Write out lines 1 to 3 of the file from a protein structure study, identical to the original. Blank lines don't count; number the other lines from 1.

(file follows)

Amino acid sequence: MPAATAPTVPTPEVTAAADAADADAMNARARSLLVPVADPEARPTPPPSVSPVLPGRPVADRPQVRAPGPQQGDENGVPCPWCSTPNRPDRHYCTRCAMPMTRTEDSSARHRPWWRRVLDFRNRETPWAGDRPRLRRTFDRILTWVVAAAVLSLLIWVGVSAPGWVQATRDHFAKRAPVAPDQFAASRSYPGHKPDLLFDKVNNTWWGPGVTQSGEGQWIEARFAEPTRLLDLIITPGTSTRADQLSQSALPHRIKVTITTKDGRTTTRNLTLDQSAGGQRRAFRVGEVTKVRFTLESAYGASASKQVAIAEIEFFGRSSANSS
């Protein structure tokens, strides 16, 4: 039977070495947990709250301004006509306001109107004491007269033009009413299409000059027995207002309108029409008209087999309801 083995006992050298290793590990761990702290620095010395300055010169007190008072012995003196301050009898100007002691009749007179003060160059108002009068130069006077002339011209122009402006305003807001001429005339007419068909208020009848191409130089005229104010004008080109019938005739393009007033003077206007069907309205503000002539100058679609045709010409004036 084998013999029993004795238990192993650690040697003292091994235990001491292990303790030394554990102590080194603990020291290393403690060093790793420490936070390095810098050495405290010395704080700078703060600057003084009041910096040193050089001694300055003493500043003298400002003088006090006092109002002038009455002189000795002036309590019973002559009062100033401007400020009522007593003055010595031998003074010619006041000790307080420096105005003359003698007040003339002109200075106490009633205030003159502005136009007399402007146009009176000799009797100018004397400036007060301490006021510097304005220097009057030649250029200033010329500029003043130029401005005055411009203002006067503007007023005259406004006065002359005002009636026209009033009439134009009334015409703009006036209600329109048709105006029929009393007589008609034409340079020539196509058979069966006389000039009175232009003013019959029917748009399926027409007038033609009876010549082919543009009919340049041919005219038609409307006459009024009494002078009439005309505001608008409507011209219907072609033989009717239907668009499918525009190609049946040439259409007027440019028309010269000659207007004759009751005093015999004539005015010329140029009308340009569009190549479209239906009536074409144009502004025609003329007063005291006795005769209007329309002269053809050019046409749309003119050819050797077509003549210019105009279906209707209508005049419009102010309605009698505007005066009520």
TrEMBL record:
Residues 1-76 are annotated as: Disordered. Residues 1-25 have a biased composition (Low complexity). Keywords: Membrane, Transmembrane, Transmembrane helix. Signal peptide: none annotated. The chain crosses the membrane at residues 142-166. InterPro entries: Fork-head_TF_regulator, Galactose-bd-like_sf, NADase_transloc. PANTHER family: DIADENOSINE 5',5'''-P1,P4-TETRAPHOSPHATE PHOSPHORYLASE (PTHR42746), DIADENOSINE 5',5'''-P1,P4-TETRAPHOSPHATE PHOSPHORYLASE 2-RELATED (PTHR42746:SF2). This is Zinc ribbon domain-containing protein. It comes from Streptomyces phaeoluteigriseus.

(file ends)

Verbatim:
Amino acid sequence: MPAATAPTVPTPEVTAAADAADADAMNARARSLLVPVADPEARPTPPPSVSPVLPGRPVADRPQVRAPGPQQGDENGVPCPWCSTPNRPDRHYCTRCAMPMTRTEDSSARHRPWWRRVLDFRNRETPWAGDRPRLRRTFDRILTWVVAAAVLSLLIWVGVSAPGWVQATRDHFAKRAPVAPDQFAASRSYPGHKPDLLFDKVNNTWWGPGVTQSGEGQWIEARFAEPTRLLDLIITPGTSTRADQLSQSALPHRIKVTITTKDGRTTTRNLTLDQSAGGQRRAFRVGEVTKVRFTLESAYGASASKQVAIAEIEFFGRSSANSS
């Protein structure tokens, strides 16, 4: 039977070495947990709250301004006509306001109107004491007269033009009413299409000059027995207002309108029409008209087999309801 083995006992050298290793590990761990702290620095010395300055010169007190008072012995003196301050009898100007002691009749007179003060160059108002009068130069006077002339011209122009402006305003807001001429005339007419068909208020009848191409130089005229104010004008080109019938005739393009007033003077206007069907309205503000002539100058679609045709010409004036 084998013999029993004795238990192993650690040697003292091994235990001491292990303790030394554990102590080194603990020291290393403690060093790793420490936070390095810098050495405290010395704080700078703060600057003084009041910096040193050089001694300055003493500043003298400002003088006090006092109002002038009455002189000795002036309590019973002559009062100033401007400020009522007593003055010595031998003074010619006041000790307080420096105005003359003698007040003339002109200075106490009633205030003159502005136009007399402007146009009176000799009797100018004397400036007060301490006021510097304005220097009057030649250029200033010329500029003043130029401005005055411009203002006067503007007023005259406004006065002359005002009636026209009033009439134009009334015409703009006036209600329109048709105006029929009393007589008609034409340079020539196509058979069966006389000039009175232009003013019959029917748009399926027409007038033609009876010549082919543009009919340049041919005219038609409307006459009024009494002078009439005309505001608008409507011209219907072609033989009717239907668009499918525009190609049946040439259409007027440019028309010269000659207007004759009751005093015999004539005015010329140029009308340009569009190549479209239906009536074409144009502004025609003329007063005291006795005769209007329309002269053809050019046409749309003119050819050797077509003549210019105009279906209707209508005049419009102010309605009698505007005066009520």
TrEMBL record: